Cuts will hit hardest in Imperial Valley, where farms rely on water from the river.
California’s 1,000 megawatts of power from the Colorado River’s Hoover Dam have been in jeopardy. Ubergirl / Wikimedia Commons C.C. Share-Alike 3.0 License
California will drastically cut the amount of water it takes from the Colorado River under an agreement struck with the federal government and announced by the Biden Administration on May 22. Of the seven states that draw water from the river, California takes the most, consuming 27 percent of the 16.5 million acre-feet of river water allocated per year.
An acre-foot is about 326,00 gallons, or the amount of water it takes to cover a football field one foot deep. In California, the largest share of water from the Colorado River goes to irrigate farmland in the Imperial Valley. The Imperial Irrigation District, founded in 1911, receives more water from the Colorado River than the cities of Los Angeles, Phoenix and Las Vegas combined.
As recently as August of 2022 the U.S. Bureau of Reclamation cut Colorado River water supplies to Arizona and Nevada while California got off unaffected. Not so this time around, as Arizona, Nevada and California all agreed to a combined 13 percent slash in water consumption from the 1,450-mile-long river.
The cuts were needed because water levels in the country’s two largest man-made reservoirs, Lake Mead and Lake Powell, fell so low in 2022—due to the ongoing drought and climate change—that the hydroelectric turbines powered by water from the two lakes were at risk of shutting down. The Hoover Dam, which operates hydroelectric turbines powered by Lake Mead water, provides California with over 1,000 megawatts of electricity, enough to power about 750,000 typical homes.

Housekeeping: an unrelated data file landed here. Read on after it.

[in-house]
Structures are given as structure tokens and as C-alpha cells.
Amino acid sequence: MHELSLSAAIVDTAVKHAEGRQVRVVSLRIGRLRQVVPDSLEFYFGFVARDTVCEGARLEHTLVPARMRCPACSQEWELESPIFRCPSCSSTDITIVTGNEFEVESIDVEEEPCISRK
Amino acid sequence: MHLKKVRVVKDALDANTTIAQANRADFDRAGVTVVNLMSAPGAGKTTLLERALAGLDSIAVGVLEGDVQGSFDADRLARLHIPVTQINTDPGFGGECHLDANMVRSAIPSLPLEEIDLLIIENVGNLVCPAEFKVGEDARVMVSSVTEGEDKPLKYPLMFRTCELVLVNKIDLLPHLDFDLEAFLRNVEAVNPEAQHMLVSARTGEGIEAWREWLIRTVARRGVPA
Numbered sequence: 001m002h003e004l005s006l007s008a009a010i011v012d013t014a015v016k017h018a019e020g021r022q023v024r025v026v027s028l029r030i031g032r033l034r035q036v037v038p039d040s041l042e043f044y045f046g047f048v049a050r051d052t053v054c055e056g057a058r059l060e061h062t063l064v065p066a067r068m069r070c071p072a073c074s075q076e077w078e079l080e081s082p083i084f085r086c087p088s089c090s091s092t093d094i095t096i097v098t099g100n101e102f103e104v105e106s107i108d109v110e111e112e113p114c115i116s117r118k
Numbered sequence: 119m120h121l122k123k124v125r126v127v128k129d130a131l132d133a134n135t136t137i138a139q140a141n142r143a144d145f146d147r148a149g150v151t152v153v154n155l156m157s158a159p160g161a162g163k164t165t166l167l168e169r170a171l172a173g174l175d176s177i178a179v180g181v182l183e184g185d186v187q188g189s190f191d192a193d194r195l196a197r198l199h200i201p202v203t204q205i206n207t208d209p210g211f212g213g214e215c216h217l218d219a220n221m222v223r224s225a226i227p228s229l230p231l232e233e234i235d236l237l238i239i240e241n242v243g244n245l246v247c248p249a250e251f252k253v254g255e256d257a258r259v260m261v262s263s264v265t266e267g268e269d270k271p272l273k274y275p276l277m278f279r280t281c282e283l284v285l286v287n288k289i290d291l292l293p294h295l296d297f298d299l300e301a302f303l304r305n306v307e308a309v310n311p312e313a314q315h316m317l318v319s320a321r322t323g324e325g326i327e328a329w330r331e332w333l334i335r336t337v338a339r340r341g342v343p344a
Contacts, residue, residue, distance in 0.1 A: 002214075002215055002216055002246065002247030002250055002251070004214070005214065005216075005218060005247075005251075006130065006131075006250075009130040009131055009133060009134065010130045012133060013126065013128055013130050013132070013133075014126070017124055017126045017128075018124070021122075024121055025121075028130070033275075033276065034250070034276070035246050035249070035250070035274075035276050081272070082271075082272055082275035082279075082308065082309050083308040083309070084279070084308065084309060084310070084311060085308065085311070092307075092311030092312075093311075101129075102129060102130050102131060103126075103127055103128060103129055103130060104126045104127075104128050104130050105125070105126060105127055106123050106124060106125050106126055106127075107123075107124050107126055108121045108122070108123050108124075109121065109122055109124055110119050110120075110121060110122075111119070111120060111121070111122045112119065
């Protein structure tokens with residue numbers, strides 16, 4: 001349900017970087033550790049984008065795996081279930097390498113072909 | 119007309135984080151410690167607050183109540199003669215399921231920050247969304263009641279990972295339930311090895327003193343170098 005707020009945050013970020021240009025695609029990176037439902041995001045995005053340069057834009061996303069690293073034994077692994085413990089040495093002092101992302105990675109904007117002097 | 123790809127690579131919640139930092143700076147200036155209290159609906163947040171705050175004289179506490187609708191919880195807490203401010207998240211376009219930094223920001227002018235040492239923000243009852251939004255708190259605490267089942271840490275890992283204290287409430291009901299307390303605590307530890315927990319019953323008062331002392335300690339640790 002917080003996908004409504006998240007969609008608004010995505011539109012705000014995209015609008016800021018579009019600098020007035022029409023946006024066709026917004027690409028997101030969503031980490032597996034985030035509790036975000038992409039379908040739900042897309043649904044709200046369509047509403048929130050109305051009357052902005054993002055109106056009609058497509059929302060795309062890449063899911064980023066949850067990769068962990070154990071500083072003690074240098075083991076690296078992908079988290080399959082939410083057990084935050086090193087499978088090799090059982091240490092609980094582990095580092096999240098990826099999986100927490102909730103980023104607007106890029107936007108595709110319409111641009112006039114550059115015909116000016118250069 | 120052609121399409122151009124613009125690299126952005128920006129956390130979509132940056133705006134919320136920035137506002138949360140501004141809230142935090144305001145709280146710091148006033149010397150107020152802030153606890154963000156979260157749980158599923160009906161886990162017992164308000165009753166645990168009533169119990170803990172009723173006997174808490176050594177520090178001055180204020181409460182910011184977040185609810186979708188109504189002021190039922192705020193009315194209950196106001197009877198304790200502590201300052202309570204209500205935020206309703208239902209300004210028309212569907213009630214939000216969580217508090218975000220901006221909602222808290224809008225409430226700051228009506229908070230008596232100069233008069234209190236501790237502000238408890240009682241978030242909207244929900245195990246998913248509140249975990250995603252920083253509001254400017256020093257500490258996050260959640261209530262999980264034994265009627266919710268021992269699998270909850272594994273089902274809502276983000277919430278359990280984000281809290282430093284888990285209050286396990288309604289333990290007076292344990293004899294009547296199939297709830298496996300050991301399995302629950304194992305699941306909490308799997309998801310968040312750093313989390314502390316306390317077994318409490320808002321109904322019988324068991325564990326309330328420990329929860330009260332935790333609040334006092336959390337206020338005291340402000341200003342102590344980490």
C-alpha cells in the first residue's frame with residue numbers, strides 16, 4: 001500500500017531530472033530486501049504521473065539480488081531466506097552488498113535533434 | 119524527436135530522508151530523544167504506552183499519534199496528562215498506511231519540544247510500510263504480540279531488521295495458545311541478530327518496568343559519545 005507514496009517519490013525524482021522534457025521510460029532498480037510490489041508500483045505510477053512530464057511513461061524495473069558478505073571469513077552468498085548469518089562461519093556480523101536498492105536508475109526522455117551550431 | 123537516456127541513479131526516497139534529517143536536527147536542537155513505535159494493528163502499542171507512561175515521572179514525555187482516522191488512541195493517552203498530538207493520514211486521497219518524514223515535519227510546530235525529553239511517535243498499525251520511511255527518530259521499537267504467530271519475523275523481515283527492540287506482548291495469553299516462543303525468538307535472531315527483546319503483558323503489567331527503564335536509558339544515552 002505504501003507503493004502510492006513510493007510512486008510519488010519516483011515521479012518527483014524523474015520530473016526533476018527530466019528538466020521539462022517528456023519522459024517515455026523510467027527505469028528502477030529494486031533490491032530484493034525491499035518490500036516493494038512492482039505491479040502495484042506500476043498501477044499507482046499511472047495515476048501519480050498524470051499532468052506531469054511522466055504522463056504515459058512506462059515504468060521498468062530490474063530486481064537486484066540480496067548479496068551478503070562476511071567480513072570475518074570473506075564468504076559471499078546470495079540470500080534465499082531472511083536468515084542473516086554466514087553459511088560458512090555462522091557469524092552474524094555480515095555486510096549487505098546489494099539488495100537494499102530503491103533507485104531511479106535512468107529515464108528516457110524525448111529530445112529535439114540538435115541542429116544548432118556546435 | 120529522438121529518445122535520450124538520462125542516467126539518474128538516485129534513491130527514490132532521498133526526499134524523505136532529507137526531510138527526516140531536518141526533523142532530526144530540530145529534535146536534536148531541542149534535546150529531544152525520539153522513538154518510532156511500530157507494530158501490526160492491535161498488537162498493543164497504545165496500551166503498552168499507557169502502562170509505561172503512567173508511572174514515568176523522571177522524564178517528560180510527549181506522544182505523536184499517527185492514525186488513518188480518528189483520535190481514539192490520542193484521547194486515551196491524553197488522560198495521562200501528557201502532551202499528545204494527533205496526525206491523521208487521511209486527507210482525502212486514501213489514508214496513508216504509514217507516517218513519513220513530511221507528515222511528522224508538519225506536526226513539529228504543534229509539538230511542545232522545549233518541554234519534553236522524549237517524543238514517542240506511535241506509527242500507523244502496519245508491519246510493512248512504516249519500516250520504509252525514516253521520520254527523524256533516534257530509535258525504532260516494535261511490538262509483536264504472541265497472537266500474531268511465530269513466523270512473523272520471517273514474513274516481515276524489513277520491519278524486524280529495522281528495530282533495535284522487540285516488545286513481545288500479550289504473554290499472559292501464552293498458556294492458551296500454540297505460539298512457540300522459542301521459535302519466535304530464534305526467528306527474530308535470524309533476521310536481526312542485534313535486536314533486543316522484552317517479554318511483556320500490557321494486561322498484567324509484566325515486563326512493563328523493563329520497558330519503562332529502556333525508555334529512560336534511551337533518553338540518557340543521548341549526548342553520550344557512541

Thanks to runoff from the record snowpack generated by the past winter’s numerous storms, water levels in both reservoirs have been rising since early May. Lake Powell has been rising about one foot per day in May, while Lake Mead is going up by three inches per day on average.
Imperial Valley Will be Hit Hardest by Cuts
Nonetheless, Washington has been pressuring the Colorado River states to slash water consumption, and when they failed to reach an agreement to make cuts in 2022, the feds threatened to impose those cuts on their own and without regard to the long-standing agreements that govern which states get the most and least water.
Under the new agreement, the federal government will offer $1.2 billion in grants to water districts, cities, farms and Native tribes who agree to absorb the water cuts, which will total about 3 million acre-feet by the end of 2026, when the agreement expires.
Farmers in the Imperial Valley will be hardest hit by the new water cuts, but the Imperial Irrigation District has practice when it comes to using less water. Under a 2003 agreement, the district has been cutting its water use for two decades by transferring water to other water districts in Southern California. Where the district consumed 3.1 million acre-feet every year prior to the 2003 agreement, its use is now down to 2.6 million.
The 3 million acre-feet of new reductions under the agreement announced on May 22 are significantly less than the total cuts the Biden administration demanded in 2022. But the wet winter with its historic quantities of snowfall allowed for less severe cuts.
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